Freightliner wants to be a dominant player in vocational trucks and is betting its Severe Duty series, including this 114 SFA dumper, will be a winner
When you think “dump truck,” does the name Freightliner also come to mind? Probably not, and the builder intends to change that. For many years it has been a sales leader in on-highway tractors, and meanwhile built capable vocational vehicles whose popularity was far less. Some Freightliner dealers were enthusiastic about certain models, but for various reasons “the factory” did not push them. Now the company has a new series of Severe Duty trucks and is giving them stronger marketing support.
A prime example is the SD114 we have here. It looks like a serious heavy-duty dump truck—its specs say so—and it felt and drove like one. The cab was tight and the doors closed with a satisfying “thump!” It had a large-bore Detroit DD13 engine and high-capacity axles and suspensions. While underway, it was quiet, with no rattles anywhere. The ride was solid but smooth, steering was precise, and the transmission shifted well. Everything appeared well bolted together. Will it stay that way? Time, miles and hours will tell, but for now I can say that it was a fine drive.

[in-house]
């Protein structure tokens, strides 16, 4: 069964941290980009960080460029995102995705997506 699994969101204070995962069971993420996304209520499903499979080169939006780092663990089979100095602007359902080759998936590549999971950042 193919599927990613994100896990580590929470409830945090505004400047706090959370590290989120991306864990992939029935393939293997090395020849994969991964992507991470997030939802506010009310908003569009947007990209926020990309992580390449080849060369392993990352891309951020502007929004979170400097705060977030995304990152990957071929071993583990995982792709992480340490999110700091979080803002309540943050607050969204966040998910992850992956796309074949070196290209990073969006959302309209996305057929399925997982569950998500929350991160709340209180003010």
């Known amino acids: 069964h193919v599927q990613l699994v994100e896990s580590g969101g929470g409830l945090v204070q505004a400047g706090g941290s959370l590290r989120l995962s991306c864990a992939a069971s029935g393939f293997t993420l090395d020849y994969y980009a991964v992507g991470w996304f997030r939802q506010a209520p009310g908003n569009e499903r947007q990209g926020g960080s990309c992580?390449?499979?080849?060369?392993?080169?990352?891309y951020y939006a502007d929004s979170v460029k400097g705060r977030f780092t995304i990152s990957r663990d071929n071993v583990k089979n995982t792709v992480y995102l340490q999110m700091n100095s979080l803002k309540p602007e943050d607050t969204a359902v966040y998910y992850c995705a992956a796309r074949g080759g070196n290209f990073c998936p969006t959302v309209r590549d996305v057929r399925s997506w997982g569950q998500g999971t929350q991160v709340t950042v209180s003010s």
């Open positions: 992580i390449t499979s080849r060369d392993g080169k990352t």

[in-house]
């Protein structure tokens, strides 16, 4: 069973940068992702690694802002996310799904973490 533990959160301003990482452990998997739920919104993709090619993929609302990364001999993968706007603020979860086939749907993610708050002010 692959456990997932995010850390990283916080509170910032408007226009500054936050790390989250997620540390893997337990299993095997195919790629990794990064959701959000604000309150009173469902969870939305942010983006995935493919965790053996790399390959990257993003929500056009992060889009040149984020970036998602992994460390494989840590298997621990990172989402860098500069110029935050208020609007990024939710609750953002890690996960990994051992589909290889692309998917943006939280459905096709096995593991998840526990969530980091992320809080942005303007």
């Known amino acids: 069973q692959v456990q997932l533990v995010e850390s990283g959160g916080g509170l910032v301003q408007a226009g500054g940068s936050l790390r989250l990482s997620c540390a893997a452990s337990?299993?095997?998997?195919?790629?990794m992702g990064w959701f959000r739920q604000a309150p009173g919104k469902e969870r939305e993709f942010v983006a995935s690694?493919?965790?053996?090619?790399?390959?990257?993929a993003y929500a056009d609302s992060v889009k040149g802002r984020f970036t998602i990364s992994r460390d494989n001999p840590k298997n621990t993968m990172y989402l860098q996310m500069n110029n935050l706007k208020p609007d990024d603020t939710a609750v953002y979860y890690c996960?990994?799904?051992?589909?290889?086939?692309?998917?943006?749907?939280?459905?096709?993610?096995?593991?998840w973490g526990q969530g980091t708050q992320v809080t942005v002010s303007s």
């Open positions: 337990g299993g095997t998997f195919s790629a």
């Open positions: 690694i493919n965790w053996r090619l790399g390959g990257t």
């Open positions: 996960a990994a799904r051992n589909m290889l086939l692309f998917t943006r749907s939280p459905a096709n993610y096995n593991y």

The 114 in the designation indicates its bumper-to-back-of-cab dimension in inches. This version has a forward-set steer axle, called SFA, and there’s a setback-axle, or SBA, version. Our test truck had its steer axle placed 31 inches behind the bumper; a 29.5-inch setting is also available for a slightly longer “bridge” in states demanding it, like California.
The SBA version’s steer-axle setting is 48 inches behind the bumper, so it’s closer to the load and can shoulder more of its weight. Some state laws encourage this, and the rearward axle placement shortens the effective wheelbase, so maneuverability is better. It seemed to work that way for two SD114 SBAs that I drove briefly through an orange-coned course set up in a resort hotel’s distant parking lot. This was several days before the opening of Conexpo, held in mid-March in Las Vegas.